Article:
SAVE a fateful piece for Gretchen Wieners, Miss Aysha Buffet graciously cracked the winner’s crown she’d only moments before received.
If this scenario sounds like your vague memories of 2004’s hit Mean Girls, that’s exactly what she was going for.
“I’m happy to have won, but I can’t go without acknowledging the fierce effort all the other queens put in.”
Aysha Buffet, is a self-taught one-year-old drag queen of Filipino descent from Melbourne’s suburbs. Her name stems from the simple fact she’s Asian and loves food — easy to overlook after she won the national Dragnation contest at the GH Hotel in Melbourne recently.
Eight drag queens competed for the title of essentially Australia’s next drag superstar. As anyone would expect, the proceedings were dramatic.
It’s a camp affair with all the hallmarks of RuPaul’s Drag Race, serving as a platform for healthy competition for all levels of aspiring professional drag queens. One of which Aysha can now proudly consider herself.
The alter ego of Melbourne stylist Iyan Difuntorum, Aysha Buffet was born of his need to outwardly express his femininity.
“Aysha was created because I love styling, and after I saw my first ever drag performance by veteran Paris Dragqueen I fell in love with drag,” Iyan said.
“Aysha is a model I made to play with the style I love for women, which is feminine with a masculine edge. She’s a creatively and personally expressive art form of my own devices.”
Aysha’s philosophy behind her unexpected win is simple: be confident, inspired, and determined — things she lives by and encourages for her drag peers.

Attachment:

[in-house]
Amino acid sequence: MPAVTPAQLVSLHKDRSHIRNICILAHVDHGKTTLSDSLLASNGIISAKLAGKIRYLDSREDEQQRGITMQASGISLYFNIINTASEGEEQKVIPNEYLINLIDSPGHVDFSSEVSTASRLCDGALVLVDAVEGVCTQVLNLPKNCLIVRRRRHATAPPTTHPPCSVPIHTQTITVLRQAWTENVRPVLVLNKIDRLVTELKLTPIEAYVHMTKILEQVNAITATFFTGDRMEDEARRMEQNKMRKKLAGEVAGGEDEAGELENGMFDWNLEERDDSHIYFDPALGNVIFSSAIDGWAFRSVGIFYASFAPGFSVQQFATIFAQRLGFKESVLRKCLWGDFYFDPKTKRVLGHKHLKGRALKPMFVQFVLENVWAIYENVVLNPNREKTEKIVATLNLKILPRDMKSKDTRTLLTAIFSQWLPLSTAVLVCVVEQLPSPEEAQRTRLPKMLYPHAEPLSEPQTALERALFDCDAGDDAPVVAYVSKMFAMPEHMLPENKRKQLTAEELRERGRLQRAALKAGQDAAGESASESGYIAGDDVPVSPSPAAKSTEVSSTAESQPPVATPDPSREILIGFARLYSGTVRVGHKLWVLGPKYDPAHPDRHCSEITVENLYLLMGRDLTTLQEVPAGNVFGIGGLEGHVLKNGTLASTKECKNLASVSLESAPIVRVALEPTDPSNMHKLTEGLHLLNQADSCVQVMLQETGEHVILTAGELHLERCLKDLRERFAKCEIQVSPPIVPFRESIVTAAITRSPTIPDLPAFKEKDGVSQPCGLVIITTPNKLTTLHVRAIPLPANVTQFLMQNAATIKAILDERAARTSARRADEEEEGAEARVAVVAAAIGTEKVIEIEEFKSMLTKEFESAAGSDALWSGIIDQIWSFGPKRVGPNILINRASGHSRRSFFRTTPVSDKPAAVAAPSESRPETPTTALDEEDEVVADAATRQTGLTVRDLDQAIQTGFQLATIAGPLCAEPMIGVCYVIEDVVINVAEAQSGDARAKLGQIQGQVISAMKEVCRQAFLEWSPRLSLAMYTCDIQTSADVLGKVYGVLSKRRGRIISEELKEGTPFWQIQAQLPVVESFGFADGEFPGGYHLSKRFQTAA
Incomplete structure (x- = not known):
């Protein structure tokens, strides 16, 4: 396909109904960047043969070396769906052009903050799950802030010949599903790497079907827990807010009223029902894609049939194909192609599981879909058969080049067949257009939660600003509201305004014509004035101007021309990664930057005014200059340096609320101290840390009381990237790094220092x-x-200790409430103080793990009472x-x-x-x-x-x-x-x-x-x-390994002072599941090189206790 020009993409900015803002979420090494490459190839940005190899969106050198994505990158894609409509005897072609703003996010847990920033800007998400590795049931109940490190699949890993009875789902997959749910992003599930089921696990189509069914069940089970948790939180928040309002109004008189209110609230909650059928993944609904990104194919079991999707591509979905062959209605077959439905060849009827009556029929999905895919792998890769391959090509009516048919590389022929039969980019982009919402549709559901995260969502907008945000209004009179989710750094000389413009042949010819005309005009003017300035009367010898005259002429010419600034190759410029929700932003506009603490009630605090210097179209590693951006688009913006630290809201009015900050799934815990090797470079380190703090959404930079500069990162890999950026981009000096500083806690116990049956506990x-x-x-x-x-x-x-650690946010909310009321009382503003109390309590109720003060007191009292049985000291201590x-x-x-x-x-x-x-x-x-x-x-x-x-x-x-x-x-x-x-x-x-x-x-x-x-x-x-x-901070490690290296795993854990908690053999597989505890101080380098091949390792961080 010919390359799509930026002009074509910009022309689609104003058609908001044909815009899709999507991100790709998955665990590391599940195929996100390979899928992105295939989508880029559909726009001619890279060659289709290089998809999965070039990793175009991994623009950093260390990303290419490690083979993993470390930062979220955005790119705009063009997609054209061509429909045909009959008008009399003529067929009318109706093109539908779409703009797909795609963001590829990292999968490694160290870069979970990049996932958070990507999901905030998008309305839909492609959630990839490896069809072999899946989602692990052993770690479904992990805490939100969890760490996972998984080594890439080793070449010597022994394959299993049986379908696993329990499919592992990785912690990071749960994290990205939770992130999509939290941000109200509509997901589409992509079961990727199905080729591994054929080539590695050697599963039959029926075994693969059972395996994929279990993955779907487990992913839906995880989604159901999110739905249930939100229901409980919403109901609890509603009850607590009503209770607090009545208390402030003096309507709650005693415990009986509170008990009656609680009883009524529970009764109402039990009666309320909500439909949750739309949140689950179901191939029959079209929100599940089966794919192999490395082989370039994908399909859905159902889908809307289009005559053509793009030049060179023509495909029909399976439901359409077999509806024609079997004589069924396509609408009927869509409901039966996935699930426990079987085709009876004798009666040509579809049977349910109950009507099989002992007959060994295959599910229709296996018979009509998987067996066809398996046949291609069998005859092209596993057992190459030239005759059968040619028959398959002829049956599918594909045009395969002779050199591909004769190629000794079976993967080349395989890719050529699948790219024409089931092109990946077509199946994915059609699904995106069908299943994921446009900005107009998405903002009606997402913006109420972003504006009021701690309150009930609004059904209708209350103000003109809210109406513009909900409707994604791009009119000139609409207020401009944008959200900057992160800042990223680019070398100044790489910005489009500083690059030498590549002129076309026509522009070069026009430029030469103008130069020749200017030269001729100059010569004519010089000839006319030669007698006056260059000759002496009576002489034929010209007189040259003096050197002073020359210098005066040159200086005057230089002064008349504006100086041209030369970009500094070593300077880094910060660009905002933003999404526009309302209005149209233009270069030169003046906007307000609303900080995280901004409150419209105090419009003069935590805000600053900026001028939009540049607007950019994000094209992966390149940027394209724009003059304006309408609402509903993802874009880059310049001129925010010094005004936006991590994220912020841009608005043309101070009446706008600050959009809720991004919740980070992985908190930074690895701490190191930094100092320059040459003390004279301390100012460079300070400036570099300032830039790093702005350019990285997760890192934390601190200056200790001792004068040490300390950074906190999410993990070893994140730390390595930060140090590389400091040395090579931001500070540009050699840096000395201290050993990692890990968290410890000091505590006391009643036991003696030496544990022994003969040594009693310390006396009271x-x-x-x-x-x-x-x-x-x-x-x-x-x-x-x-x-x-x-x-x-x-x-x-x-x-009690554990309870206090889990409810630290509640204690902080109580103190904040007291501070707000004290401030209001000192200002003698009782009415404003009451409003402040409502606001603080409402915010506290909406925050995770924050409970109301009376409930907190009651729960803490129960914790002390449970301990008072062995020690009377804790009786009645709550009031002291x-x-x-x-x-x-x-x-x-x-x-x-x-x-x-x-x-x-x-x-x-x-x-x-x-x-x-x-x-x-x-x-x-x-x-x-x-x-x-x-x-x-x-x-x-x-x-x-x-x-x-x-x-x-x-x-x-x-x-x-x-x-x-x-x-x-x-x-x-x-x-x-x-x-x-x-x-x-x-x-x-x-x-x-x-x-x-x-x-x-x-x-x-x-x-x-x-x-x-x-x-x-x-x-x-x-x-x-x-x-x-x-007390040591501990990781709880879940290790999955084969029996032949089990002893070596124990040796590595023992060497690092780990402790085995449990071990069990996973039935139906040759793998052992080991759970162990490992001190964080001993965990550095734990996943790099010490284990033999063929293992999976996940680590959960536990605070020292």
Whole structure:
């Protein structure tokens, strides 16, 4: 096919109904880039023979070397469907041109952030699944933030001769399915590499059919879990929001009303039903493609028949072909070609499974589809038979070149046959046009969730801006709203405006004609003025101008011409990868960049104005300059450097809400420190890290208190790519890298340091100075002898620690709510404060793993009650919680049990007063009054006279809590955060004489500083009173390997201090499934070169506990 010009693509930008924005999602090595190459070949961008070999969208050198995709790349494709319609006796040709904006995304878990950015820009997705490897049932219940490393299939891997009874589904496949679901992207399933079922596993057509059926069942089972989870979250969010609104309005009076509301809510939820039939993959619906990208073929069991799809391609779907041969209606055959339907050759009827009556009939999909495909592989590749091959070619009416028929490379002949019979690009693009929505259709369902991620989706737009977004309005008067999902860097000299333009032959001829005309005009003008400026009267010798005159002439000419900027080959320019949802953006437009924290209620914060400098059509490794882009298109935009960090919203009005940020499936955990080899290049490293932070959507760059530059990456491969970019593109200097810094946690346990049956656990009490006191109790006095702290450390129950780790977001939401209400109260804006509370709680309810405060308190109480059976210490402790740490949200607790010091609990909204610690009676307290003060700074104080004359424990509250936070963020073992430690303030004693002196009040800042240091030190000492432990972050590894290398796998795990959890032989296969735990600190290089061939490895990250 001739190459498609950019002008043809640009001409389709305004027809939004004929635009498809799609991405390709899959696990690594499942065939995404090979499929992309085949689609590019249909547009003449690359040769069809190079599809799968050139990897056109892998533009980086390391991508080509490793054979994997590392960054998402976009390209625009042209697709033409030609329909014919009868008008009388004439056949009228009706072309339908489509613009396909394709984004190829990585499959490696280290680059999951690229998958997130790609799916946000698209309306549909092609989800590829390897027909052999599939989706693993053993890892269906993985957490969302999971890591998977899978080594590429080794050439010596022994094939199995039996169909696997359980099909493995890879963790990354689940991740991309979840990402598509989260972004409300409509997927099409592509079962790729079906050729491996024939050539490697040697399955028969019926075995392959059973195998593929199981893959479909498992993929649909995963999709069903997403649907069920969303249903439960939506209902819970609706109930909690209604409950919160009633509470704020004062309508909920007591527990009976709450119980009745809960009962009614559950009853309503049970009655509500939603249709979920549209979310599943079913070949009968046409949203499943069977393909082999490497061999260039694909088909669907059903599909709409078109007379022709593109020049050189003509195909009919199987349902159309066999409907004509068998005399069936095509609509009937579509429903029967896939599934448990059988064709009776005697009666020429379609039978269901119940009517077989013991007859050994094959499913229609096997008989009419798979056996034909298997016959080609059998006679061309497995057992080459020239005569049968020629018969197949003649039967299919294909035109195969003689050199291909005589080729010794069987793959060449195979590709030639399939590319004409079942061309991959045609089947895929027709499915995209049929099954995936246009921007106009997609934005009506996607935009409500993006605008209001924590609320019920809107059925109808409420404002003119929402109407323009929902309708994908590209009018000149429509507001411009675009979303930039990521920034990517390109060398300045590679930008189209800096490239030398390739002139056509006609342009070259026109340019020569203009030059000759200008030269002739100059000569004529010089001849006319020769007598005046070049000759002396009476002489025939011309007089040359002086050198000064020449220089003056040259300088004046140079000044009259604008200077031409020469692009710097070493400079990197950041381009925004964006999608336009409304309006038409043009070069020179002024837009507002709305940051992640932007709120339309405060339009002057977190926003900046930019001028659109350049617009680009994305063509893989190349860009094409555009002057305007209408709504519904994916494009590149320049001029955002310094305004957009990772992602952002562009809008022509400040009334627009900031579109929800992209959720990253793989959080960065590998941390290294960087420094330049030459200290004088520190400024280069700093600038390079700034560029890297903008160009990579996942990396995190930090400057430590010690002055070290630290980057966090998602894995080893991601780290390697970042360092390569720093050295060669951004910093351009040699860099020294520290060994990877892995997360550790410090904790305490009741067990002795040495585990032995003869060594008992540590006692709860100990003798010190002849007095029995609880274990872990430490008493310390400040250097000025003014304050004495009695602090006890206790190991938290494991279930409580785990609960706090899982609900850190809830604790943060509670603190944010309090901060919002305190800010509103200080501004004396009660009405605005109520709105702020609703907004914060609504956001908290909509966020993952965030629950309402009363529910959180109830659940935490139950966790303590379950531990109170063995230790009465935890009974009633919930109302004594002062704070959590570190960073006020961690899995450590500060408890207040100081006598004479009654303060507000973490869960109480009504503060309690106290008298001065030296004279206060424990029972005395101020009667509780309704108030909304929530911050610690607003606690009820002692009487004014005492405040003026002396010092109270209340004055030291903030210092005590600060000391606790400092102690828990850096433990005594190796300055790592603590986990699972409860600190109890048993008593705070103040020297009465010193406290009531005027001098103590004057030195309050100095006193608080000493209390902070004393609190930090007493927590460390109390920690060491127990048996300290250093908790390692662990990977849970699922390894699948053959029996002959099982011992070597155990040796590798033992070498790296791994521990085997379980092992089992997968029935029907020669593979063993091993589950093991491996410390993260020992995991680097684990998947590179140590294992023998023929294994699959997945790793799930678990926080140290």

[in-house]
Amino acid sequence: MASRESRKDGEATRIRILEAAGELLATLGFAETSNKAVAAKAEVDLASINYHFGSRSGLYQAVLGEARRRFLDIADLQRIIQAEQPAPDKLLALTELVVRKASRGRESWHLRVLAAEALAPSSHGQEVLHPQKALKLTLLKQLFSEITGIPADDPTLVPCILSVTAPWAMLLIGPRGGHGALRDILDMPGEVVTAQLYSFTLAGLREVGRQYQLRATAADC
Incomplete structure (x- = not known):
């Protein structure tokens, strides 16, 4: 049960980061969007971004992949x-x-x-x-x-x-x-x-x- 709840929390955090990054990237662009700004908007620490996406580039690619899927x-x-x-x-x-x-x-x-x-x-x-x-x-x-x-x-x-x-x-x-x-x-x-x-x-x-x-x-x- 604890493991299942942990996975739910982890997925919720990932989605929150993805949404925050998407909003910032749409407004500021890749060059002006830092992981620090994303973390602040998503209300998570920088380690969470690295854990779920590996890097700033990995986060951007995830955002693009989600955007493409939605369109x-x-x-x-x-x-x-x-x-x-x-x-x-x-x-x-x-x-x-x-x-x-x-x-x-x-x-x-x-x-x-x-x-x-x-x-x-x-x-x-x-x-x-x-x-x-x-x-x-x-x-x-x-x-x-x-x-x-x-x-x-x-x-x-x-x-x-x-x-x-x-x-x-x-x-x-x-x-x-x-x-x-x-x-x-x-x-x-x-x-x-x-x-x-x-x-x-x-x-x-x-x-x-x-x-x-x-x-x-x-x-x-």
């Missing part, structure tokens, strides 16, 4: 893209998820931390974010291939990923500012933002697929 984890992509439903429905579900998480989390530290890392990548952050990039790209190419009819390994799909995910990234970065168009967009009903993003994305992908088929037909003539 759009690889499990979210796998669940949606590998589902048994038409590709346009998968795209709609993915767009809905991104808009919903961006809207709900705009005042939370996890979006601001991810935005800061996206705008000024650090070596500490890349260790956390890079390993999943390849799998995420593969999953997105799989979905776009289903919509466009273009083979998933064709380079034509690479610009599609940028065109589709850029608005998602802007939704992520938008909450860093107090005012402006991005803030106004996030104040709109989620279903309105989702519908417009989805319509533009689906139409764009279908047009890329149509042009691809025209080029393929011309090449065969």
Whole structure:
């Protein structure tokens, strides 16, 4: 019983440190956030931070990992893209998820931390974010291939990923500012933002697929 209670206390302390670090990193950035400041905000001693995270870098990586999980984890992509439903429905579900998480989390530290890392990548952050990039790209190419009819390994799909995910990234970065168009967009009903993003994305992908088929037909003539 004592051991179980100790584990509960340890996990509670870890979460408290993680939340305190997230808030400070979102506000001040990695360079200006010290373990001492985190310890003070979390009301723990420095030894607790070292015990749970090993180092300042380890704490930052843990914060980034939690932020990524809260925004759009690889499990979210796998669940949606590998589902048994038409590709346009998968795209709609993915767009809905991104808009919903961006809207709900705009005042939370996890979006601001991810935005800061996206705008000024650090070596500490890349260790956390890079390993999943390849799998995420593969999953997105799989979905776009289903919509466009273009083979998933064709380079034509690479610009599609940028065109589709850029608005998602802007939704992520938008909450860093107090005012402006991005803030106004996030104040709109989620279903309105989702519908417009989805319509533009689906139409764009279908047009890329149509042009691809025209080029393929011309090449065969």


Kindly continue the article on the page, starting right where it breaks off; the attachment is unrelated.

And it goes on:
“It didn’t feel real and I was kind of speechless when I was announced,” she said.
“I felt compelled to congratulate the other girls because I know how hard some of them had worked and how much they’d put in their all to get this far. It wasn’t easy.”
However, winning a competition like this, is just the tip of the iceberg for Aysha. Having now taken the crown, she embarks on an eight-week tour of Australia, showcasing the best of what she’s got in a one-woman show.
“I’ve never done anything like this before, but I’m excited for the chance to show the country what I can do,” she said.
Her shows gather their influence from artists, music, other queens and her own sense of creative flair.
Whether it’s lip-syncing to the tune of Chinese pop music, to belting out a rendition from an original diva, Aysha’s performances never miss a beat. They are energetic and reminiscent of the camp way forward paved by the likes of The Adventures of Priscilla: Queen of the Desert.
“I make my own clothes and acts because they’re my style. There are queens out there who hate what I do, but it’s important to have and love your own thing, because you want to showcase the good in your drag persona and character, not someone else’s,” Aysha said.
With future plans that involve a lot more performances, she will be busy.
“We’re more than just boys in dresses in the club, after all, wearing wigs and fakes lashes — we are a lot more talented than that,” she said.
“Well, some of us are, anyway.”
**This article was first published in the March edition of the Star Observer, which is available now. Click here to find out where you can grab a copy in Melbourne, Sydney, Brisbane, Adelaide, Canberra and select regional/coastal areas.
Read the March edition of the Star Observer in digital format: